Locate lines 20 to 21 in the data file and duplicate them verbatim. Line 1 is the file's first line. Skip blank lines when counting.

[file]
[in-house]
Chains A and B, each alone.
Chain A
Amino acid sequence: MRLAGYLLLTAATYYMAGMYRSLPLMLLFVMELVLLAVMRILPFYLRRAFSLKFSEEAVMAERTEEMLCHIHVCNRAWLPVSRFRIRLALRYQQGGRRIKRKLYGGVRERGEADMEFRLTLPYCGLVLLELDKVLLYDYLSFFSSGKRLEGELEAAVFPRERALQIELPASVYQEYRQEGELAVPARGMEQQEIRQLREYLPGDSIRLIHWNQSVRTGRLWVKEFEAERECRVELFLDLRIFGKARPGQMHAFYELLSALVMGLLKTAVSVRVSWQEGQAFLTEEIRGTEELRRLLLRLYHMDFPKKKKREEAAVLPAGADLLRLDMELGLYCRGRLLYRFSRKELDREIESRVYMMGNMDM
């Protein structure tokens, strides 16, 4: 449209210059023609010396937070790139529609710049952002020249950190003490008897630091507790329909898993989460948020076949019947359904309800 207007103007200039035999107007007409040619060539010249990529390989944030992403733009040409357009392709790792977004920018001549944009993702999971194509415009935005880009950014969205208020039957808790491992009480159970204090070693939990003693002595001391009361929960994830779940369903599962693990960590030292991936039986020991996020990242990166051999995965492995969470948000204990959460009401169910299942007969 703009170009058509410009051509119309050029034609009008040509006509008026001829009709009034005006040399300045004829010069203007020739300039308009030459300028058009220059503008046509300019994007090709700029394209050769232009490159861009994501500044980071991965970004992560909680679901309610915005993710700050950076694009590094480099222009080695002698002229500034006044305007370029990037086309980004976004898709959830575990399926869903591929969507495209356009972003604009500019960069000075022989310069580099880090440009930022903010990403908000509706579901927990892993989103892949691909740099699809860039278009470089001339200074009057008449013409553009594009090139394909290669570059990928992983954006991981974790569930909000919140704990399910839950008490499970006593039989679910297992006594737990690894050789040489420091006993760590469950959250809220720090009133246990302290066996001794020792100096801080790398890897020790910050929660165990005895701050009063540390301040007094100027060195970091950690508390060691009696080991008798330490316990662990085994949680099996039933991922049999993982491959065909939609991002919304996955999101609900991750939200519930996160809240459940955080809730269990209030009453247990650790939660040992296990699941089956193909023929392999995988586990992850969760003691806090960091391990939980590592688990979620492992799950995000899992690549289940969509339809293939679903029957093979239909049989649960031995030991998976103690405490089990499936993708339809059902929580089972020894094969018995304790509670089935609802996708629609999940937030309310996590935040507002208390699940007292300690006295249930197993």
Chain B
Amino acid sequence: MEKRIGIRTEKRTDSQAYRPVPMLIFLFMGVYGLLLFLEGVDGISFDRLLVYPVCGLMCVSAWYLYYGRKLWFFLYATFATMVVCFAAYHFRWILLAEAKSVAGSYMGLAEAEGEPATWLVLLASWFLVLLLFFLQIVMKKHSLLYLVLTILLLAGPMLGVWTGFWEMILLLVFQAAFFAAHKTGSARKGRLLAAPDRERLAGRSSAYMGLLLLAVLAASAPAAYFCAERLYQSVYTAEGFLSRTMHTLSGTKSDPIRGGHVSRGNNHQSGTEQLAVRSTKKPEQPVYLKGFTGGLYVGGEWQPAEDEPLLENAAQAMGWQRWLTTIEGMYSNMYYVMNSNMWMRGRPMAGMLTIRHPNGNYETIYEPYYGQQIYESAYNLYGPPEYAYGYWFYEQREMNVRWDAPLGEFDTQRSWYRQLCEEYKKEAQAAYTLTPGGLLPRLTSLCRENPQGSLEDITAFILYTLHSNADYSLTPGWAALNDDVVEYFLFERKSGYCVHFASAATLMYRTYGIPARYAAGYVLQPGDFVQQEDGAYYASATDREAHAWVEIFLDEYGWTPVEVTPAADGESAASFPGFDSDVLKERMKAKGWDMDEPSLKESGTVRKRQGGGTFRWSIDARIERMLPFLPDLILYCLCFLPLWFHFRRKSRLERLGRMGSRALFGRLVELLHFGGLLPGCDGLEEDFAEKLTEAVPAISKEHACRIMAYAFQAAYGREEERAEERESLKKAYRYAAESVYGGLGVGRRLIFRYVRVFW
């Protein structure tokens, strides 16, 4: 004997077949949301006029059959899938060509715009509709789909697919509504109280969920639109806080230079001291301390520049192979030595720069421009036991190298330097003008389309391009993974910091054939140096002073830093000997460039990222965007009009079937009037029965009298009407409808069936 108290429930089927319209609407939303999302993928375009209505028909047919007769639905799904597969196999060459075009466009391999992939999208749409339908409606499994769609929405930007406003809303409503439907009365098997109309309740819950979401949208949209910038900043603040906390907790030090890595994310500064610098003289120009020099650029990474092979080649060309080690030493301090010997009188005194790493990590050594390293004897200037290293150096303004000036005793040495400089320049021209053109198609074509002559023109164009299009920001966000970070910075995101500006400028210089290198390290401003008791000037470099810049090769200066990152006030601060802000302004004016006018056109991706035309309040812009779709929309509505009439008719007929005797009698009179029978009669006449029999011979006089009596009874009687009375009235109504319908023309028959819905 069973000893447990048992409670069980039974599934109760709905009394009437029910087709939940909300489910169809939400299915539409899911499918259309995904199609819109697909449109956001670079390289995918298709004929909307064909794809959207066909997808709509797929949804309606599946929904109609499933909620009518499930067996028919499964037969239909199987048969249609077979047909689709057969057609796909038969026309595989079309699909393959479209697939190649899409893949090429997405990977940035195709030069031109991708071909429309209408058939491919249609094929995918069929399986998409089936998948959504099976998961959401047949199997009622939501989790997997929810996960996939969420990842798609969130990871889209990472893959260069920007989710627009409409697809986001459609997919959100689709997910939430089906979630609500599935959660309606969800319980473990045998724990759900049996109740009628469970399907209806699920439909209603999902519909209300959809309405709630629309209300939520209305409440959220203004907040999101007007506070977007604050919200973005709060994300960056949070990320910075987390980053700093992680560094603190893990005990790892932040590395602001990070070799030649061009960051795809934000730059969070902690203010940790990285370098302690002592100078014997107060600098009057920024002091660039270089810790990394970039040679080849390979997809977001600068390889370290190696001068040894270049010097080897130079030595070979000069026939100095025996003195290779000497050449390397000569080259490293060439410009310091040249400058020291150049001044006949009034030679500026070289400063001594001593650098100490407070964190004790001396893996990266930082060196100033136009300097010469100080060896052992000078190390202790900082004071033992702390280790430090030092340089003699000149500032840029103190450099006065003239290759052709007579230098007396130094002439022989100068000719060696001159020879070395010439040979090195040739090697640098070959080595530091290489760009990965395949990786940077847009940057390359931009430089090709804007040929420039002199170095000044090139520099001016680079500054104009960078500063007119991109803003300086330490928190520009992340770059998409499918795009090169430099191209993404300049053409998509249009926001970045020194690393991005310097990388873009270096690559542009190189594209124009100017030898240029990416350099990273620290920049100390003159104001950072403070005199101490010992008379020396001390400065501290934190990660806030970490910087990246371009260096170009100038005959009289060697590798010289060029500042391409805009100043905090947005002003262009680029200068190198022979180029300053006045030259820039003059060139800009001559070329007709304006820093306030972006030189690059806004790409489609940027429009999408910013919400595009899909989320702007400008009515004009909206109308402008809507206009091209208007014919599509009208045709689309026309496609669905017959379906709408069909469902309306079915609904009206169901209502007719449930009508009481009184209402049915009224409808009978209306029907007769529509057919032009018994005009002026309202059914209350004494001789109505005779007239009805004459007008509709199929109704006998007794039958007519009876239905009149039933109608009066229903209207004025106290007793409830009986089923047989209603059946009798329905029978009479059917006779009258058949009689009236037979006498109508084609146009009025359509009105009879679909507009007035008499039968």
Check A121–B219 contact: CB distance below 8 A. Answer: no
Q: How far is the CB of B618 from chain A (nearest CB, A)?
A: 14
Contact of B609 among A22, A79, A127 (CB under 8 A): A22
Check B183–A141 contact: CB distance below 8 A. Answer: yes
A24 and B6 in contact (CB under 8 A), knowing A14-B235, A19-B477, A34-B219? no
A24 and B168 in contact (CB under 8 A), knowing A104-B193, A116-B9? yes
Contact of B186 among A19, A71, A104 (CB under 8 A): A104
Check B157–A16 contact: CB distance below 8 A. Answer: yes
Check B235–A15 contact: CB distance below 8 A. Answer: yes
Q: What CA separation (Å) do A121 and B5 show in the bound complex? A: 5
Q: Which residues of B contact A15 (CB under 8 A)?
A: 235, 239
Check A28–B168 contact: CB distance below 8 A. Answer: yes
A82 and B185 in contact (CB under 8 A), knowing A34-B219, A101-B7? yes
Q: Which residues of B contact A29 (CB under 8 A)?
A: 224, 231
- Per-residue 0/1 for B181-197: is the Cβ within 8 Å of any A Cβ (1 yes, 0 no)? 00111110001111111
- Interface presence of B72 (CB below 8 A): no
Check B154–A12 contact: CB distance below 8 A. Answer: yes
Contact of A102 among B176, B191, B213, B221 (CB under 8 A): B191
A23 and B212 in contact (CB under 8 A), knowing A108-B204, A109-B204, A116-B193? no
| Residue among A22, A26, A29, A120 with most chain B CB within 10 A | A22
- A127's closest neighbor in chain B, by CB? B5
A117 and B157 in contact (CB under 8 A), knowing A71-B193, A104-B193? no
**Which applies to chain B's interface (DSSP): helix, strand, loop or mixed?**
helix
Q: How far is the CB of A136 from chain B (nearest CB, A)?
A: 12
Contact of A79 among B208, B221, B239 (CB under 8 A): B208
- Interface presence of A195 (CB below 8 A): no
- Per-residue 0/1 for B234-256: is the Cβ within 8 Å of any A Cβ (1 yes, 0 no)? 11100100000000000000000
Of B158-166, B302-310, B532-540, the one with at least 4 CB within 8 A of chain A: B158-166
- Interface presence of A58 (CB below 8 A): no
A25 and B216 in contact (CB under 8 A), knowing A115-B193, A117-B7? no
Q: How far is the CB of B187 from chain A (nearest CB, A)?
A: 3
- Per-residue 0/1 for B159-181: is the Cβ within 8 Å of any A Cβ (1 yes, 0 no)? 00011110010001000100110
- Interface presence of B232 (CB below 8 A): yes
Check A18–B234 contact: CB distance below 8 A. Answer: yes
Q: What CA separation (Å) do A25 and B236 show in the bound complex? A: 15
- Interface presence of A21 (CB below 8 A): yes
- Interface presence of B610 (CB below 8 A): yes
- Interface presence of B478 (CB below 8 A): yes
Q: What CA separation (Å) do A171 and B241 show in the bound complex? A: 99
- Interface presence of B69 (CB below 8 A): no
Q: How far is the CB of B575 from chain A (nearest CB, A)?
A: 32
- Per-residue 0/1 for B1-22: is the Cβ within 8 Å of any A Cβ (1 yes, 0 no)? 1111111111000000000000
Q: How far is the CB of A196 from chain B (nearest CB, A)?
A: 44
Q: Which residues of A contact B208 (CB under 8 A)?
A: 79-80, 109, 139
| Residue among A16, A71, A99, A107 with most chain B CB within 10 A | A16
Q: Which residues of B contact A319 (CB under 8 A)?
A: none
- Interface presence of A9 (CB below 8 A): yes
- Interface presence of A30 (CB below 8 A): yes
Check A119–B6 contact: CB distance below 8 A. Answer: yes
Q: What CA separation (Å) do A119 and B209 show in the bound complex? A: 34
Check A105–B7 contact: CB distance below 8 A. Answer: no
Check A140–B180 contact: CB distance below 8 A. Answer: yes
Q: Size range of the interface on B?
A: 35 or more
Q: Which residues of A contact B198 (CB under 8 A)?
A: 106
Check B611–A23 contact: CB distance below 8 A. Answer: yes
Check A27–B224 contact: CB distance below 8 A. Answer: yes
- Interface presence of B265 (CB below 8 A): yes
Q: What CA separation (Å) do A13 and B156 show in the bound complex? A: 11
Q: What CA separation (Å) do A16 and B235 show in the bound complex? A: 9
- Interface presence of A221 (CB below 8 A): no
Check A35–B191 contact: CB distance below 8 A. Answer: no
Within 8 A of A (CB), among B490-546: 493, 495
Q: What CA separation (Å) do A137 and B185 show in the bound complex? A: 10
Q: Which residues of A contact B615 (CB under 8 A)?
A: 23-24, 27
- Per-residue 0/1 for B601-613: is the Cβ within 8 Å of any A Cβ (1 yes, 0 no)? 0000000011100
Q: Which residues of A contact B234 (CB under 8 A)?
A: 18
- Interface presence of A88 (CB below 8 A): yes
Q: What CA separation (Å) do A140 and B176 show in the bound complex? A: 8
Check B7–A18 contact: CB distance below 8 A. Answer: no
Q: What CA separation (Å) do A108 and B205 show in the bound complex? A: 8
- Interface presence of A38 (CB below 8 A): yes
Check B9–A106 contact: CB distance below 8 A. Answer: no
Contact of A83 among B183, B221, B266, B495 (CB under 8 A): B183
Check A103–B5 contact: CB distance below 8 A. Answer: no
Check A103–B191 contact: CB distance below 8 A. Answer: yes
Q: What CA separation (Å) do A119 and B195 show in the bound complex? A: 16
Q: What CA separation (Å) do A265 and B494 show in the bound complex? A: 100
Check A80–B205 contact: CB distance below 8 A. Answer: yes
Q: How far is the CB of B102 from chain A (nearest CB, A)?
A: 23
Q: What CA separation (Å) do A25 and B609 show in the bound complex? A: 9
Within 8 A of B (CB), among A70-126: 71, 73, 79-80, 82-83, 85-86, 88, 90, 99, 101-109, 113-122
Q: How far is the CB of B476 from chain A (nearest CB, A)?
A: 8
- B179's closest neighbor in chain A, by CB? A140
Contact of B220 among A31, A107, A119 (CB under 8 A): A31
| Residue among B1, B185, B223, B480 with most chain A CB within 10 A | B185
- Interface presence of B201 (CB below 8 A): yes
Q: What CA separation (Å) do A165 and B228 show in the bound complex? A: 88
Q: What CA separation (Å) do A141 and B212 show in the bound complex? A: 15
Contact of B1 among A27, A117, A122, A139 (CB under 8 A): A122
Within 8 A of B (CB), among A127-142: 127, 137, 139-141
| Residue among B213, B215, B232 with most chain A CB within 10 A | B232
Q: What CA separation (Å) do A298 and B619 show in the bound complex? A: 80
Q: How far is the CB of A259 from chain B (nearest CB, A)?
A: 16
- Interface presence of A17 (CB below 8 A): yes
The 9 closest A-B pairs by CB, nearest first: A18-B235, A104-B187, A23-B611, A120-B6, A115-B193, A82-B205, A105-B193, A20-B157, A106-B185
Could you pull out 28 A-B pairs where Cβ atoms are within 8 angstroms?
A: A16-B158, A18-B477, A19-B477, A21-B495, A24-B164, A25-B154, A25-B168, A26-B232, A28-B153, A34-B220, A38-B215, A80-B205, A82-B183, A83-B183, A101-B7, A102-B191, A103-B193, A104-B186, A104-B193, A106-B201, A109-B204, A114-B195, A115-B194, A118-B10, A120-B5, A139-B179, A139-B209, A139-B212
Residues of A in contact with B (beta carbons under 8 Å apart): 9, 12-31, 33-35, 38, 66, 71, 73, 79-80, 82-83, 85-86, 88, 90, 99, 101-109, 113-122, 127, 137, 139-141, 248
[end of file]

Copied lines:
Q: Which residues of B contact A15 (CB under 8 A)?
A: 235, 239